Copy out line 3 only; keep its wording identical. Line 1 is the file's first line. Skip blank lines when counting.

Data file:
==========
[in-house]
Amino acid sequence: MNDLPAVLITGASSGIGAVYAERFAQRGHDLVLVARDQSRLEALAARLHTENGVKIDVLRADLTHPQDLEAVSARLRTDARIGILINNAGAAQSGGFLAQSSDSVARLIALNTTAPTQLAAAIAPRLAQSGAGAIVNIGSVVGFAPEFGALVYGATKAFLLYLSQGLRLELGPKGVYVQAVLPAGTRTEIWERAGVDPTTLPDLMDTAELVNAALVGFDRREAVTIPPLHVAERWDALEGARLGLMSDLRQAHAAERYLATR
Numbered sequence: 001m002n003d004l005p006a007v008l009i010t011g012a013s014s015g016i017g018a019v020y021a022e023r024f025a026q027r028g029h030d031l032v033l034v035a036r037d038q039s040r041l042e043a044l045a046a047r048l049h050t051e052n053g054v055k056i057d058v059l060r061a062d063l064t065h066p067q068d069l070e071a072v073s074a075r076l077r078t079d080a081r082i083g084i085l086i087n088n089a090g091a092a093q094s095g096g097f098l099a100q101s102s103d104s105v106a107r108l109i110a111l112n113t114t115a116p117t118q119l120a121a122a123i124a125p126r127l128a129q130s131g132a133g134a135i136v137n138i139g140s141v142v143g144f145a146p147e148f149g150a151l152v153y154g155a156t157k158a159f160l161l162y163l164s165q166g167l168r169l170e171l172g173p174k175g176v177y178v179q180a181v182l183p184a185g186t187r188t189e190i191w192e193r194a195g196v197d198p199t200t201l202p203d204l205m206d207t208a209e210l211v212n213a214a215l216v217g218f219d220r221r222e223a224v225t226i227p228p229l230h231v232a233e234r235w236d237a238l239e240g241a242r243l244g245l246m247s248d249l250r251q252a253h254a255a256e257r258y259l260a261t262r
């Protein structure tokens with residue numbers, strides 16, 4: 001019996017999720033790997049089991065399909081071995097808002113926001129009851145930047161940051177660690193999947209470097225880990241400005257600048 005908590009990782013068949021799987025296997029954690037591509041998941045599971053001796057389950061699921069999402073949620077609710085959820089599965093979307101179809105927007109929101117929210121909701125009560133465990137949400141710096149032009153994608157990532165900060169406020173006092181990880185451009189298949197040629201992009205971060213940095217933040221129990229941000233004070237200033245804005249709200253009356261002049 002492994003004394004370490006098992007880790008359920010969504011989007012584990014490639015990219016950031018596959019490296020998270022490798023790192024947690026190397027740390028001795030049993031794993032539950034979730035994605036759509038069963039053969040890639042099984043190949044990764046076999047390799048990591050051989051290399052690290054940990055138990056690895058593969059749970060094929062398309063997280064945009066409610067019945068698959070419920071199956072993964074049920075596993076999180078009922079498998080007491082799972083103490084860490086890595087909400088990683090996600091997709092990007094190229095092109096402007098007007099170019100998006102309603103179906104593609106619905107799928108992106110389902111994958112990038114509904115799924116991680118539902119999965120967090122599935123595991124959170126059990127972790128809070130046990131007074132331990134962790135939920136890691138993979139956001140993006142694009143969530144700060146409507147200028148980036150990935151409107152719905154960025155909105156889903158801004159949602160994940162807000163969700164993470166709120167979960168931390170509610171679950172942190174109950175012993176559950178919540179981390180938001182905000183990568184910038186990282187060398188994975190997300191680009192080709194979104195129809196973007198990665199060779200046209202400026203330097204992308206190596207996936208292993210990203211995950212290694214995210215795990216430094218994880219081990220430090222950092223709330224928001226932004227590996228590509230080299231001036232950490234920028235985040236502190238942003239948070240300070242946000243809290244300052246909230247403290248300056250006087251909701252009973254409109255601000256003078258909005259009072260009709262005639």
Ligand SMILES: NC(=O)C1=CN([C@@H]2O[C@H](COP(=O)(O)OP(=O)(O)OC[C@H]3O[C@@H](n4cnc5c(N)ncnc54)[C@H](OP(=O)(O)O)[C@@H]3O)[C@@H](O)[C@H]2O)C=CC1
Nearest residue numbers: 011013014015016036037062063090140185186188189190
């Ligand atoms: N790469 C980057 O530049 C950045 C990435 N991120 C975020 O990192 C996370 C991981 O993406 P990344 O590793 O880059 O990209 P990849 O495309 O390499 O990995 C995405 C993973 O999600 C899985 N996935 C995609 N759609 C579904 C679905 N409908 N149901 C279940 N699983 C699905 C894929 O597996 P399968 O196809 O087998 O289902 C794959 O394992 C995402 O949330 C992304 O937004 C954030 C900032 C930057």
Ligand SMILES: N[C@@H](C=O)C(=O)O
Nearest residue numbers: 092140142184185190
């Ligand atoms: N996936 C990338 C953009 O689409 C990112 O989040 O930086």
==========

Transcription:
Numbered sequence: 001m002n003d004l005p006a007v008l009i010t011g012a013s014s015g016i017g018a019v020y021a022e023r024f025a026q027r028g029h030d031l032v033l034v035a036r037d038q039s040r041l042e043a044l045a046a047r048l049h050t051e052n053g054v055k056i057d058v059l060r061a062d063l064t065h066p067q068d069l070e071a072v073s074a075r076l077r078t079d080a081r082i083g084i085l086i087n088n089a090g091a092a093q094s095g096g097f098l099a100q101s102s103d104s105v106a107r108l109i110a111l112n113t114t115a116p117t118q119l120a121a122a123i124a125p126r127l128a129q130s131g132a133g134a135i136v137n138i139g140s141v142v143g144f145a146p147e148f149g150a151l152v153y154g155a156t157k158a159f160l161l162y163l164s165q166g167l168r169l170e171l172g173p174k175g176v177y178v179q180a181v182l183p184a185g186t187r188t189e190i191w192e193r194a195g196v197d198p199t200t201l202p203d204l205m206d207t208a209e210l211v212n213a214a215l216v217g218f219d220r221r222e223a224v225t226i227p228p229l230h231v232a233e234r235w236d237a238l239e240g241a242r243l244g245l246m247s248d249l250r251q252a253h254a255a256e257r258y259l260a261t262r